The Central Florida Development Council hosted an informational preview event on Monday to continue the process of outlining a vision for the Central Florida Innovation District (CFID) and seek feedback.
Community leaders, CFDC investors, area landowners and the public were invited to the meeting at Florida Polytechnic University in Lakeland. The goal of the meeting was to continue the process of getting input, not make any binding decisions, change land-use plans or the like.
“We shared the vision of the district. This area encompasses roughly 3,000 acres out of the 2,000 square miles of Polk,” said CFDC President and CEO Sean Malott. “It’s part of the conversation. We’ve met privately with many of the landowners and they see the vision.”
The district will provide a variety of opportunities to diversify its economy, leveraging major state investments and building upon the cutting-edge technology being developed at Florida Polytechnic University and tested at SunTrax, the Florida Department of Transportation’s new 475-acre testing facility along the Polk Parkway. The cities of Auburndale and Lakeland, along with Polk County, have signed an agreement to work together to develop a vision for the district, which roughly covers the area from Interstate 4 south along both sides of the Polk Parkway.
At the meeting, which about 75 people attended, CFDC Chairman Jake Polumbo provided an overview of the district and why it will be important for Polk County.
“The district will attract start-ups and other expanding companies, who will then use talent already in the area from Florida Polytechnic University, Polk State College and other Polk education institutions. Plus, new and innovative technology will be developed and tested locally on SunTrax facilities.” Polumbo said. “Over the next few years, those new companies will create more and more high-skill, high-wage jobs and then hire our graduates, faculty and research teams — retaining some of the high-demand, low-supply talent we are producing right here in Polk County.”
Malott added: “We are sharing a big, bold vision for the area, and it can be a little intimidating, but the initiative has been met with positivity and optimism. There are so many possibilities ahead.”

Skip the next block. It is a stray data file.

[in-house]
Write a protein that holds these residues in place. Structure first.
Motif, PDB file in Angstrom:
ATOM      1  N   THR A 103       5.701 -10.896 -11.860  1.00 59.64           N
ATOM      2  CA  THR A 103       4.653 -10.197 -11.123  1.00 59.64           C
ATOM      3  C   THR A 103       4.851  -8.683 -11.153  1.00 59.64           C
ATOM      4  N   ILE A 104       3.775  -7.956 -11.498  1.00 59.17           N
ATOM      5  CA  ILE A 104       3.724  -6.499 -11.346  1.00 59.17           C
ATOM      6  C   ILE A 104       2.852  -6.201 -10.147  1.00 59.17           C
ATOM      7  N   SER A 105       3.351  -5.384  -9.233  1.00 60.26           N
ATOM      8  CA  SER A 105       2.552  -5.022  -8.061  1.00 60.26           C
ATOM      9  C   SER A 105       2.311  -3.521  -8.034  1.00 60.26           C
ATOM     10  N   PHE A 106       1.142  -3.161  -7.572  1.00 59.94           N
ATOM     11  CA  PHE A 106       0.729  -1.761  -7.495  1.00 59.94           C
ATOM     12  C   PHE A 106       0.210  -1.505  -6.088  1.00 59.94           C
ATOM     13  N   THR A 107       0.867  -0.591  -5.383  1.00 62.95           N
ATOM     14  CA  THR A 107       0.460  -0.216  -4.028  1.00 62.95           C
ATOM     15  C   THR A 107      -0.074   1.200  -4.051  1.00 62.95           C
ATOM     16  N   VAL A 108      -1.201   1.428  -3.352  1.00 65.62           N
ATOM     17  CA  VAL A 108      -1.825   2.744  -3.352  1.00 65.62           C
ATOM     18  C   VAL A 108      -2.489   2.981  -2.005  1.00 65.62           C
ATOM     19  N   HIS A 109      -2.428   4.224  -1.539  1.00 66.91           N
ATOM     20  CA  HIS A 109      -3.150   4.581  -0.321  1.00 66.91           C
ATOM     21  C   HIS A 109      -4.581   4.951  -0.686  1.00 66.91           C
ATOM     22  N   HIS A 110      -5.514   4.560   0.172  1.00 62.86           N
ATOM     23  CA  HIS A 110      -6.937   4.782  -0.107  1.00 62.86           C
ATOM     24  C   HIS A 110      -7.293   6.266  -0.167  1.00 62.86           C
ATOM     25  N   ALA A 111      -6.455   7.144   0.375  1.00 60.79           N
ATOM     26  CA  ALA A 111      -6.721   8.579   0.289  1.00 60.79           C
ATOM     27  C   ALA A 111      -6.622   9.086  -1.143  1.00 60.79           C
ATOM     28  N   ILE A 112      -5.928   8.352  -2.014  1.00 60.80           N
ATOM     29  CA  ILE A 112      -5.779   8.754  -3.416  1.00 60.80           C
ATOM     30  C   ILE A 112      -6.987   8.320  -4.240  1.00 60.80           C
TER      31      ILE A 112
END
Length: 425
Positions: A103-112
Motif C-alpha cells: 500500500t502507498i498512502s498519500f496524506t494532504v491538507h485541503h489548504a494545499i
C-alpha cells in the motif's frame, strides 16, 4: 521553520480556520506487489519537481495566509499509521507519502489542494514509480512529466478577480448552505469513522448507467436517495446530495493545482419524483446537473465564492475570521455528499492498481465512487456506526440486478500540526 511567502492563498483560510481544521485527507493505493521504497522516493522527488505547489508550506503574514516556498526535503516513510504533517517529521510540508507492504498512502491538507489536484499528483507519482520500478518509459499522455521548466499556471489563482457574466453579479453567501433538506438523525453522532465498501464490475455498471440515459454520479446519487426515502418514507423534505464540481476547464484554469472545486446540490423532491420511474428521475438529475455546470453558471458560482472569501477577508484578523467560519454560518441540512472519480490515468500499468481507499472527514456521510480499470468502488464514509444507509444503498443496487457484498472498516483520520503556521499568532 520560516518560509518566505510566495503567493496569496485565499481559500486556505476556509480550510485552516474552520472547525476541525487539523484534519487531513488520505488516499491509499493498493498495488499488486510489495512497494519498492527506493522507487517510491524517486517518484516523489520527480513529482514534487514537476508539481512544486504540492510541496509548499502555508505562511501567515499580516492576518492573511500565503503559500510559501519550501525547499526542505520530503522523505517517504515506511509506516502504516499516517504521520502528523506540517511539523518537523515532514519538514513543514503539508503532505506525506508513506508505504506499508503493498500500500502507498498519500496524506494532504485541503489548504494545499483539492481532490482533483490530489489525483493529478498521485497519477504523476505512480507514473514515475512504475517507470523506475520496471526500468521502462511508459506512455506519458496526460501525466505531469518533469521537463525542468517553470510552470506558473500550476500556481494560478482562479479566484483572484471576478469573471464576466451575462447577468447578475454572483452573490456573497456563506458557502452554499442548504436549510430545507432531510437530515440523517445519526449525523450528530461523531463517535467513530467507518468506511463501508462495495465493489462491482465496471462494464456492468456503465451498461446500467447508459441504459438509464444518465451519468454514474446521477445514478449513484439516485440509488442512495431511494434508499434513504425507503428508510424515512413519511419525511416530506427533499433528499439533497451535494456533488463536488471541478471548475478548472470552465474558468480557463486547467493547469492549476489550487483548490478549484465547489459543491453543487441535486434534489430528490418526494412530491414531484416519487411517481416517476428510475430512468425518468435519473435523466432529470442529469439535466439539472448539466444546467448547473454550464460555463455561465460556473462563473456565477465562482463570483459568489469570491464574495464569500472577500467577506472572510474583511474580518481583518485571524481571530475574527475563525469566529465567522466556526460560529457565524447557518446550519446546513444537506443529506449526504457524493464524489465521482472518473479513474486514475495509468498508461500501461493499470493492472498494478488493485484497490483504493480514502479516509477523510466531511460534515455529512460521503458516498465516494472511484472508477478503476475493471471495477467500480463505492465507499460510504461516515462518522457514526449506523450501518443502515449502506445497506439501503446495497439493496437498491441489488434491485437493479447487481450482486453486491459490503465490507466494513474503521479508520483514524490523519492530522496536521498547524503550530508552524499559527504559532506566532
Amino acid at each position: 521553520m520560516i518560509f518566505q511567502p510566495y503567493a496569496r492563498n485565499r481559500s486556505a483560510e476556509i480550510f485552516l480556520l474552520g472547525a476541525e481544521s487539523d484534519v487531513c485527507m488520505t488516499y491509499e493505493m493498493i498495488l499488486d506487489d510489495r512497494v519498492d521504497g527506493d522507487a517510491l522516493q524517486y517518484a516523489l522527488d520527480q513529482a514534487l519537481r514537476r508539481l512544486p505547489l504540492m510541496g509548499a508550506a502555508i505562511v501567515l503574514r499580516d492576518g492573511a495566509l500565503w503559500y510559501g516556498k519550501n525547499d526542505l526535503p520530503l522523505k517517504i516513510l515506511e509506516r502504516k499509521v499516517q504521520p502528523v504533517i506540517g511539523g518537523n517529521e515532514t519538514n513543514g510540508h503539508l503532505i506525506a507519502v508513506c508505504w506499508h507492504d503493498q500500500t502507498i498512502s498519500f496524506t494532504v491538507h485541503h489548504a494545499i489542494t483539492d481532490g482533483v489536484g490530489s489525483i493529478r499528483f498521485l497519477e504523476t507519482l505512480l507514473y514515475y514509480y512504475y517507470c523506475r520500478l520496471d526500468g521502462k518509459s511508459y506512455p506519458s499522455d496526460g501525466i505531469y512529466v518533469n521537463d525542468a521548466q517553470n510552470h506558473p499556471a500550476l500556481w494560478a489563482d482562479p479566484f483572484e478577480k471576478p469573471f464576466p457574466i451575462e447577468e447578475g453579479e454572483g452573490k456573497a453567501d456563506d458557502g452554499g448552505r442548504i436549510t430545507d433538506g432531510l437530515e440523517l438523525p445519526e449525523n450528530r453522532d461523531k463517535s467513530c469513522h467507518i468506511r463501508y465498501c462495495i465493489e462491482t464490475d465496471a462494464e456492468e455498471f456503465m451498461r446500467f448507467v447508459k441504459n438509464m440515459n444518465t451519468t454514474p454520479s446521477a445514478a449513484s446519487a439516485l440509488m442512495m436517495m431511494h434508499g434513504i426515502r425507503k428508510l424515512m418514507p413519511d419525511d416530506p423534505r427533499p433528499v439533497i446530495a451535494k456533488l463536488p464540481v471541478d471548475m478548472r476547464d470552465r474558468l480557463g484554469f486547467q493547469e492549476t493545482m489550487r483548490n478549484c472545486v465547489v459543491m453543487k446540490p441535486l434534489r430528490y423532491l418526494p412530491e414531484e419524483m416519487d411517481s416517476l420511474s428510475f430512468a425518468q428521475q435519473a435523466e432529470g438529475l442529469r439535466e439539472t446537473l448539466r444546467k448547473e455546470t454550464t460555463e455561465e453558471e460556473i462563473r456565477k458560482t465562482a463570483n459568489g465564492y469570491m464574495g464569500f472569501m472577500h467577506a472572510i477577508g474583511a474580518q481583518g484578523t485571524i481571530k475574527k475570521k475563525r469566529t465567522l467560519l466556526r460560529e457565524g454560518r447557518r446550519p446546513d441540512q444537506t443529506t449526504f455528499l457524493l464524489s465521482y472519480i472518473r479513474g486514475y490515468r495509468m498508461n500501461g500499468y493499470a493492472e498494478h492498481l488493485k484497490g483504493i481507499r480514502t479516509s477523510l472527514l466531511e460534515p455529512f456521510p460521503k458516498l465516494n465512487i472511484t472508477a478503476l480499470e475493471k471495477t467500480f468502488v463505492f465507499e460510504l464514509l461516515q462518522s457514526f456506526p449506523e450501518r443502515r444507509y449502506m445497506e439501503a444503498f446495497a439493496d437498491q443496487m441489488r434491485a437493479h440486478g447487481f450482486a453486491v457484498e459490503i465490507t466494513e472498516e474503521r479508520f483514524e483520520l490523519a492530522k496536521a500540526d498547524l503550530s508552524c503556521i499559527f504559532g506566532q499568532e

Florida Poly President Dr. Randy Avent said the vision for the CFID that the group has developed so far is “spot on.”
Gary Ralston, a local real estate broker with SVN Saunders, Ralston, Dantzler said “nowhere else in the nation is there this much undeveloped acreage around a university that we can turn into an economic powerhouse.”
Malott used emerging and innovative industries — such as health-tech, information science and engineering, advanced manufacturing, and mobility — to lay out the Innovation District, Avent said. “The CFDC supports the direction the university is going and the university supports the concept around the Innovation District.”
County Commission Chairman George Lindsey is pleased to see the county and cities collaborating, and seeking input from stakeholders.
“We are at a critical point in the process,” Lindsey said. “We are working together to ensure we keep the momentum moving forward while seeking forward-looking segments to diversify our economy.”
Brad Lunz, president of The Lunz Group, and Tim Hoeft, managing principal of Straughn Trout Architects, were commissioned to collaborate on a vision plan for the district. The development goal for the area is to maximize investment synergies and community values along the high-tech Interstate 4 corridor.
The cities, county and the CFDC will continue to seek additional feedback on the district as consensus is gained to adopt a unified, multijurisdictional vision.
For additional information about this topic or how to become a partner with the Central Florida Development Council, please contact Lindsay Zimmerman at email@example.com.